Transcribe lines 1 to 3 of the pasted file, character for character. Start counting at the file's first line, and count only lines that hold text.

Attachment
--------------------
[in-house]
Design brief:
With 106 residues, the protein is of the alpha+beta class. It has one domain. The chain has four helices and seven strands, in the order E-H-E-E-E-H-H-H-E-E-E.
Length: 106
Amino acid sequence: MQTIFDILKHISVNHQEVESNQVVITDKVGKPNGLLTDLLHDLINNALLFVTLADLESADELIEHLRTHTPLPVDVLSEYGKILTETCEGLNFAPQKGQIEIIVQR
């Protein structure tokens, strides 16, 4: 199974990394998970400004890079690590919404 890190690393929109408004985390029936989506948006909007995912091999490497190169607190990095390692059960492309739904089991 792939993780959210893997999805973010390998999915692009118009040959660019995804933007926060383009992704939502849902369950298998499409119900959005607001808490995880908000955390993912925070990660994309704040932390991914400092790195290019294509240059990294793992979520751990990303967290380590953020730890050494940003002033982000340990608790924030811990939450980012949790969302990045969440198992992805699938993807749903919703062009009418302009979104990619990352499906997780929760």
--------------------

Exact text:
[in-house]
Design brief:
With 106 residues, the protein is of the alpha+beta class. It has one domain. The chain has four helices and seven strands, in the order E-H-E-E-E-H-H-H-E-E-E.